• yacoub - Monday, October 05, 2009 - link

    Much more interested in the MSI uATX board and the higher-level Gigabyte one that actually has all the features on it. These two may be entry-level but they also skip some features most discerning enthusiasts would want. Reply
  • Gary Key - Monday, October 05, 2009 - link

    The MSI just arrived, they were late to market for that one. The P55M-UD4 is coming up shortly, but it does not clock any better than the UD2. ;) The lack of passive MOSFET cooling was not a problem on either board under full load. The bigger problem is that the 4+1 PWM setup is not going to handle high current draws. The UD4, GD45, and MIII GENE boards are designed for that audience. Reply
  • MadMan007 - Monday, October 05, 2009 - link

    That's simple enough to understand in a basic way but could you elaborate on what *high* current means, and what the difference in ovreclocking might be? In the context of 24/7 overclocks as you go on about in this article would be best...you seem to imply in the article that the UD2 will be as good as any at 24/7-type settings but it would be nice to clarify when 'high' current is an advantage. Reply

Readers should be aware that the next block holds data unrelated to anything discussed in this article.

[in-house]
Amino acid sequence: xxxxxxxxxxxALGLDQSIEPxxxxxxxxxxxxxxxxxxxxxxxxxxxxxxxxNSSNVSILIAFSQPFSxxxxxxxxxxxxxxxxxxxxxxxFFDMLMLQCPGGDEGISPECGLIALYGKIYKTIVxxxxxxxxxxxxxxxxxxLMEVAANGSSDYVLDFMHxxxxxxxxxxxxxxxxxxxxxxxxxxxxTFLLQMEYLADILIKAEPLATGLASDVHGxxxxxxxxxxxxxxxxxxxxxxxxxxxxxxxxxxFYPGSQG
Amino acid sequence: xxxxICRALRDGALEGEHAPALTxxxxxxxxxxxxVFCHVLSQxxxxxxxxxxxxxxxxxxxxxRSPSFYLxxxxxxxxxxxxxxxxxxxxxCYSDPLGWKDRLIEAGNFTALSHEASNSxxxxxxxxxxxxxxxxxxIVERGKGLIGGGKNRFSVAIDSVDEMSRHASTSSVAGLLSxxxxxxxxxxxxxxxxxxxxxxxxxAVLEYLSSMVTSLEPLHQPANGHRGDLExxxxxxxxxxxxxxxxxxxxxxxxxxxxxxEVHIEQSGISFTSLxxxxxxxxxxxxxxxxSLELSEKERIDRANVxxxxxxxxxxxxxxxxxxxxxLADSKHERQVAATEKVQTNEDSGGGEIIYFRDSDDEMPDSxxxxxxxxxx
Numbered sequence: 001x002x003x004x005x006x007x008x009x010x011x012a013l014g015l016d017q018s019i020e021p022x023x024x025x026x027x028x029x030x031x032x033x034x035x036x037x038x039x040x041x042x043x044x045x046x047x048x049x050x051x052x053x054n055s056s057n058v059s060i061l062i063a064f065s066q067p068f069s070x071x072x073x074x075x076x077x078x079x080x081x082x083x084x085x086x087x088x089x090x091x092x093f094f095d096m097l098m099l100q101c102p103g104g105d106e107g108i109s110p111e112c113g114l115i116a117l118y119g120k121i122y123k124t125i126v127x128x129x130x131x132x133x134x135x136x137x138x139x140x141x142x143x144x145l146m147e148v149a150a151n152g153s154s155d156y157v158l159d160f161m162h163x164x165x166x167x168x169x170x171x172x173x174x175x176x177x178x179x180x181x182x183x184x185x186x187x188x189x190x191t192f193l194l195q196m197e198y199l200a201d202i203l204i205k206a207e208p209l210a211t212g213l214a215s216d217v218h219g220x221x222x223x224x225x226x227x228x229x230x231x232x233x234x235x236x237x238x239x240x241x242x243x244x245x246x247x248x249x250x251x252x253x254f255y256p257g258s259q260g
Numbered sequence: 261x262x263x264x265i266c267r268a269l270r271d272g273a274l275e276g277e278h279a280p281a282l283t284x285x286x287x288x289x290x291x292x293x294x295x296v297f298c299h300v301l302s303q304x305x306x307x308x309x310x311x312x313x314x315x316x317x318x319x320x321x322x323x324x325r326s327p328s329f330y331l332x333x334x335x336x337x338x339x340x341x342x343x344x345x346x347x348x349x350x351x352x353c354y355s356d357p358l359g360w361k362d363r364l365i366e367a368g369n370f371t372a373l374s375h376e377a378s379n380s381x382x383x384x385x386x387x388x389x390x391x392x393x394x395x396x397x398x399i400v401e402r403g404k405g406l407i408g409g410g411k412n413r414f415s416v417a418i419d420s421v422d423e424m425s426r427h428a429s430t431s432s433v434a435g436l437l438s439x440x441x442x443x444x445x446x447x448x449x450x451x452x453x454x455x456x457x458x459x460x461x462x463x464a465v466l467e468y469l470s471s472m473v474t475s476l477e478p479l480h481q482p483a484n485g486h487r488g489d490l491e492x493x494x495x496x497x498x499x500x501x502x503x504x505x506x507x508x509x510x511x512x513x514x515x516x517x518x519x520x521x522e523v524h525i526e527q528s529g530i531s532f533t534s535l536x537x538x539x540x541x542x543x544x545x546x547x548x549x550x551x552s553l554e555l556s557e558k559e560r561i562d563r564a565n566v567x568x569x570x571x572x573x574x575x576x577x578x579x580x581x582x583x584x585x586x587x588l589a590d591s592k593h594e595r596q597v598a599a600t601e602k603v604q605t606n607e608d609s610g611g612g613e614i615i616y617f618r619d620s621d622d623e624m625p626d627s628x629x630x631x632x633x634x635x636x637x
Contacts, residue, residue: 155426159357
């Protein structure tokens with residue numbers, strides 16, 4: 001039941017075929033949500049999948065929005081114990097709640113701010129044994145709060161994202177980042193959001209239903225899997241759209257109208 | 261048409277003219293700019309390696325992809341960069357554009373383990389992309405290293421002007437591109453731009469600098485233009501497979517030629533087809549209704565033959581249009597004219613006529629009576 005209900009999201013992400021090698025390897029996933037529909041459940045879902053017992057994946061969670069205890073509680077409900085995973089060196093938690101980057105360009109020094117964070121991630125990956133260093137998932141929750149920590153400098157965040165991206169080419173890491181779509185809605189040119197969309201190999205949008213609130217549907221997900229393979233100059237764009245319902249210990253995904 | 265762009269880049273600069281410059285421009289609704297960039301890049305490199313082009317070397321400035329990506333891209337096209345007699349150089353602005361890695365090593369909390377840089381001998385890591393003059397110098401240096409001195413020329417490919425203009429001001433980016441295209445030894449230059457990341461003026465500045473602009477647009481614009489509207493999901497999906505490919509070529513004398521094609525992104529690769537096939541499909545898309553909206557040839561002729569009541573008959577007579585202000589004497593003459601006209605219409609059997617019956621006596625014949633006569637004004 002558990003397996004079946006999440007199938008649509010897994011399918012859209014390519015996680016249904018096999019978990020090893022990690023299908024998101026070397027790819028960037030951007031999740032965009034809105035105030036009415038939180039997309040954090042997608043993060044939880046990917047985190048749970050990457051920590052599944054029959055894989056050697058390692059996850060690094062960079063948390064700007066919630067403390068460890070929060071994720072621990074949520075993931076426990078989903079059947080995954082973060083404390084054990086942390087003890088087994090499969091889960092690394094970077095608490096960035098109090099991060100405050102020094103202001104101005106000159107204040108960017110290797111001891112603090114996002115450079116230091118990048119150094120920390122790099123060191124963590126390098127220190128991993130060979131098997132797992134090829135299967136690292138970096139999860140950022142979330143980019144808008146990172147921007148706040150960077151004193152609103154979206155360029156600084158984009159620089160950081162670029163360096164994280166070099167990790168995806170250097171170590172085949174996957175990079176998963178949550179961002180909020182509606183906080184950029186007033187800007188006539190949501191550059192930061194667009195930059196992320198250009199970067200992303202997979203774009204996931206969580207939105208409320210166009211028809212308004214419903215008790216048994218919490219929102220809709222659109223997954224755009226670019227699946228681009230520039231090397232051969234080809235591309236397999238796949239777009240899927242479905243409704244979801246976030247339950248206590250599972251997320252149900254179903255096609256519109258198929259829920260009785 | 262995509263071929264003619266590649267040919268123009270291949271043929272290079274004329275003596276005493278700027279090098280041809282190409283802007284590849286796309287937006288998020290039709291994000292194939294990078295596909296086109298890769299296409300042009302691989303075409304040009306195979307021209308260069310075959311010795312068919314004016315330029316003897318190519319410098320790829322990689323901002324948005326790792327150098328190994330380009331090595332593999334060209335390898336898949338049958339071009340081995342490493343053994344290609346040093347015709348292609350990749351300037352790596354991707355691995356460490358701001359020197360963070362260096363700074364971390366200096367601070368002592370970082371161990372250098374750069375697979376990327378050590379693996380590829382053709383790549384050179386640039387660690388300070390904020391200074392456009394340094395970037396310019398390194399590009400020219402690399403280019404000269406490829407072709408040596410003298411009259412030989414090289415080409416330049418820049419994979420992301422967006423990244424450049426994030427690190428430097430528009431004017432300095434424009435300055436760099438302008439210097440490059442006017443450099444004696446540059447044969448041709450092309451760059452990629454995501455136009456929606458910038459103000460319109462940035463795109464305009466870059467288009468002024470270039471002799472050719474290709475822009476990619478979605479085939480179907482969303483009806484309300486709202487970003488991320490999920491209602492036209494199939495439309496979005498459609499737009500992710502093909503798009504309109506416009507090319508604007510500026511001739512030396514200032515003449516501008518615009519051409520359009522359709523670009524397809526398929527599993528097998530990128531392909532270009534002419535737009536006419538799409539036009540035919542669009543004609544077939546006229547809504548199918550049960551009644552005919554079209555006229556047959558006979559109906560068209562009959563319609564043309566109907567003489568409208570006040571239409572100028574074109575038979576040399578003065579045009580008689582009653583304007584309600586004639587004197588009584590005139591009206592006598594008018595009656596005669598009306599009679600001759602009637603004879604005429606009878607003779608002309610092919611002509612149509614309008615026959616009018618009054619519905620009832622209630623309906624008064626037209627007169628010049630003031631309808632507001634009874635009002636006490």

• yacoub - Monday, October 05, 2009 - link

    Cool, looking forward to that UD4 review =)
    I wonder if the extra features will be considered worth the price difference, although it sounds like you do not believe so.

    The onboard audio is one area i've heard several complaints for cheapest Gigabyte boards compared to the mid-level and upper-tier boards.
    Reply
  • MadMan007 - Monday, October 05, 2009 - link

    What exactly were the issues or differences in the audio? Features or sound quality? Reply
  • yacoub - Monday, October 05, 2009 - link

    at the moment i can't find either of the reviews i read a couple weeks ago, but both stated sound quality issues with the onboard solution, which is a lower grade than what is included on the other boards. Reply
  • philosofool - Monday, October 05, 2009 - link

    I have one of these boards and the sound is great. I'm listening to Little Milton (Grits Ain't Groceries) right now: I can hear every horn, bass string, cymbal crash like I'm sitting on stage. Okay, maybe that's an exaggeration, but there's nothing wrong with the audio on this board. Reply
  • yacoub - Monday, October 05, 2009 - link

    To be more specific, there are reviews on other sites mentioning the particularly crappy onboard audio solution on the UD2 compared to the UD4, and there's also the lack of cooling on the VRMs.

    On the upside, sure, it uses slightly less operating power, and that can be important to users interested in uATX, but overall I'd rather spend another $20 or whatever to get the UD4 with better cooling and audio (and whatever else it adds).

    Reply
  • yacoub - Monday, October 05, 2009 - link

    Awesome work with the review, Gary. I do wish the uATX boards would stop carrying legacy ports like others have noted. Floppy is definitely archaic, IDE should be the next item tossed, and PCI could probably go as well. FireWire is also something 99% of us could live without on a uATX board that offers USB and eSATA. Reply